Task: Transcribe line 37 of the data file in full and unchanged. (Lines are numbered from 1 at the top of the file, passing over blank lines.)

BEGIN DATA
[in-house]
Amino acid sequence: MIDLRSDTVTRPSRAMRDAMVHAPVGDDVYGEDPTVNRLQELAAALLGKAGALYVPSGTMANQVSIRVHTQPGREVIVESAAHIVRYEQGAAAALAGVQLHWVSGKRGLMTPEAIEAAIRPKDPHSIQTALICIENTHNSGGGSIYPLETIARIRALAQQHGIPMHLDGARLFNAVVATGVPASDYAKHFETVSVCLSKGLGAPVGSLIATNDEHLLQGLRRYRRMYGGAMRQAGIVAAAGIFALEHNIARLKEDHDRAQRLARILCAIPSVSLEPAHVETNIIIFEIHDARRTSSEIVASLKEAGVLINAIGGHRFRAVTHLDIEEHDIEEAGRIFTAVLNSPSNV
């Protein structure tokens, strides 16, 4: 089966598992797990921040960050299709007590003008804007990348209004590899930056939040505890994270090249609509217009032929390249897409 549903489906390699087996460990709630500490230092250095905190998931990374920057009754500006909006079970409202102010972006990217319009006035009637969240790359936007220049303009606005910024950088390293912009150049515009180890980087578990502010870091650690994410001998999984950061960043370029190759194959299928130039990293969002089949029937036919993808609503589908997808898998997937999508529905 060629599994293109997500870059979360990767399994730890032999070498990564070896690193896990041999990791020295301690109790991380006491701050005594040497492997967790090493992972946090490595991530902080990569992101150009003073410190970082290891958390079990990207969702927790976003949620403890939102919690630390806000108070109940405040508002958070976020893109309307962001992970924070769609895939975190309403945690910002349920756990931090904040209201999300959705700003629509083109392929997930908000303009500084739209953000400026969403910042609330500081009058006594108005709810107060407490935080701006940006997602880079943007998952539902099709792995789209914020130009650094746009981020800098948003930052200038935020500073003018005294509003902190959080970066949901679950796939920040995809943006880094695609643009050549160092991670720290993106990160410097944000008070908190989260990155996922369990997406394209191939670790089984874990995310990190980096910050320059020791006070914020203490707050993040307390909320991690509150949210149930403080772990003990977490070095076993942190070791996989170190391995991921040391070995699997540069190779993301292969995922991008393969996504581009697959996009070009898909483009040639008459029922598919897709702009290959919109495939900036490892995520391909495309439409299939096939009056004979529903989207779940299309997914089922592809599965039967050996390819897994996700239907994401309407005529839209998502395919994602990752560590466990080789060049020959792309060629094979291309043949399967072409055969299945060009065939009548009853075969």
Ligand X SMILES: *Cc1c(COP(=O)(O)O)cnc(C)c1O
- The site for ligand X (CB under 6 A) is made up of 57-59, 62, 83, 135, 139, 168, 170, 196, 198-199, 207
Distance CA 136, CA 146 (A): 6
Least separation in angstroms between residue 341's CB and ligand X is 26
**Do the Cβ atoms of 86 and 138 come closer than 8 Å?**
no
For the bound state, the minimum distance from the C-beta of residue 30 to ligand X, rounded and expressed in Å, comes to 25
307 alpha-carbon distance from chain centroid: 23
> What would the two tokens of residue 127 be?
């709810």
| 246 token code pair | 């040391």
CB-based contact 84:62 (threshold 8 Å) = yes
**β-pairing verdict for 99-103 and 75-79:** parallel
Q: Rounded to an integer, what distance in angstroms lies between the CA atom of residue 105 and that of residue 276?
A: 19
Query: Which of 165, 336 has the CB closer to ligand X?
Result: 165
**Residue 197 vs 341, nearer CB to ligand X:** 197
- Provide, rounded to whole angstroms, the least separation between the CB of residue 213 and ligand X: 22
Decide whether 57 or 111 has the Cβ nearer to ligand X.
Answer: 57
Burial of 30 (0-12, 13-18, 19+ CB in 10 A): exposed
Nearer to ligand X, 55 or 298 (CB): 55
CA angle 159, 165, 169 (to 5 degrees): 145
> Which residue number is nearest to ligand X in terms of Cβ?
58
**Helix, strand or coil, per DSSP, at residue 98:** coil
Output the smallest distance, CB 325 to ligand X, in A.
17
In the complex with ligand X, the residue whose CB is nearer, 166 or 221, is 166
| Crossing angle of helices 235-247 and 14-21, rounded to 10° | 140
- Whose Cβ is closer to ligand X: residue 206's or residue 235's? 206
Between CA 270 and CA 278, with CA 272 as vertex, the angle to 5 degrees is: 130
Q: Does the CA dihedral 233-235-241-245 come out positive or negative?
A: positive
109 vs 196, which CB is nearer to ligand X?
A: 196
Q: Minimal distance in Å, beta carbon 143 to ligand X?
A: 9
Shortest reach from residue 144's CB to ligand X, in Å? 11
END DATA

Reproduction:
Q: Does the CA dihedral 233-235-241-245 come out positive or negative?